In October of 2008, Jack Zduriencik was hired as the general manager of the Seattle Mariners, with the club hoping his track record in Milwaukee would translate to success out west. Instead, there’s been plenty of disappointment to go around. This season was supposed to be different, and in a way, it was.
Turns out it was so poor, Zduriencik lost his job this week, effective immediately. His first season in charge, 2009, was okay. The club finished 85-77, but third in their divisiona��this was before the Houston Astros made the move to the American Leaguea��and failed to earn a postseason spot.
The next four years from 2010 through 2013 would prove to be very difficult, with the Mariners never winning more than 75 games in a particular season. There had to be a sense of urgency for Zduriencik, realizing results hadn’t improved over the course of his tenure. As we sit here today, this is a team that hasn’t seen the playoffs since 2001, and won’t see them this year either.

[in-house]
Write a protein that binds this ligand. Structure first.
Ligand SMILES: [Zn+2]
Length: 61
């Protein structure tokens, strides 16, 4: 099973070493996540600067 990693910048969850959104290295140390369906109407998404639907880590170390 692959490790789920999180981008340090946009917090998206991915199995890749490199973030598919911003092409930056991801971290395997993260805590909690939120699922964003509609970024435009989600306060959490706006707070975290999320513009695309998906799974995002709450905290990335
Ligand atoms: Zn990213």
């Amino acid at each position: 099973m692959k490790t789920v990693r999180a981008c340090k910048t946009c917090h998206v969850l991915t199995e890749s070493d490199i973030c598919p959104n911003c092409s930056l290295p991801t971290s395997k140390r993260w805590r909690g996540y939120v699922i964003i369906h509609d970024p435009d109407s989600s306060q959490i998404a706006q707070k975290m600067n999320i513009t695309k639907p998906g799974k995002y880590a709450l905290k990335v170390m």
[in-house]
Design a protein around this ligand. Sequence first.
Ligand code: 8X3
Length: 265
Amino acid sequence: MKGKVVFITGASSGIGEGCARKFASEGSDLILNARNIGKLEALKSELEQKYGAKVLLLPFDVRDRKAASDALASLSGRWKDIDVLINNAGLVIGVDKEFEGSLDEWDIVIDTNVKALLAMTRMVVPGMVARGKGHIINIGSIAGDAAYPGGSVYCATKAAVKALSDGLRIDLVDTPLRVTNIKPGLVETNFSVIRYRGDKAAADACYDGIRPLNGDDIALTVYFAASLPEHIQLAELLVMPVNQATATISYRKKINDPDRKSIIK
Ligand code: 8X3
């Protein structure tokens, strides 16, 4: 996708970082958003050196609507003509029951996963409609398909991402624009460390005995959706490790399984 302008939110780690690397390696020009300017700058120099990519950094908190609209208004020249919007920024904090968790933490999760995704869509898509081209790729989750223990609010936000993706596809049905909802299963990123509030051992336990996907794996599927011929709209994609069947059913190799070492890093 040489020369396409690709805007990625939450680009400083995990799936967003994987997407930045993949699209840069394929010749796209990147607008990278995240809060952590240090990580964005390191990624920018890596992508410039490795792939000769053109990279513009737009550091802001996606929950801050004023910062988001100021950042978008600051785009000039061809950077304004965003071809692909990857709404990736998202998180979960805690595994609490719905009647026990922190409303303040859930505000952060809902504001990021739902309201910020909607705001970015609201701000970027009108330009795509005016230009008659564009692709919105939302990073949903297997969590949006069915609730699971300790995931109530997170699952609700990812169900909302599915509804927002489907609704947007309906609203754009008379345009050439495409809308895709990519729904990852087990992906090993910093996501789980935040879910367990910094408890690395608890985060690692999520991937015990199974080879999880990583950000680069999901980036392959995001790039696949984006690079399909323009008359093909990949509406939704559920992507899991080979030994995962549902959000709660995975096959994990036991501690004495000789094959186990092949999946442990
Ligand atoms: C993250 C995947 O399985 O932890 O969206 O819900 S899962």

He splashed the cash in a big way two seasons ago by acquiring second baseman Robinson Canoa��locking him up through an asinine 10-year, $240 million contract at the age of 30 years old. It was bad business from a long-term organizational point of view, but Mariners fans were desperate for something to cheer about. This was that something, so from that perspective I understand it. And in Cano’s first season, the team as a whole gave them plenty to cheer abouta��finishing 87-75 but just missing out on the second wild card spot in the American League.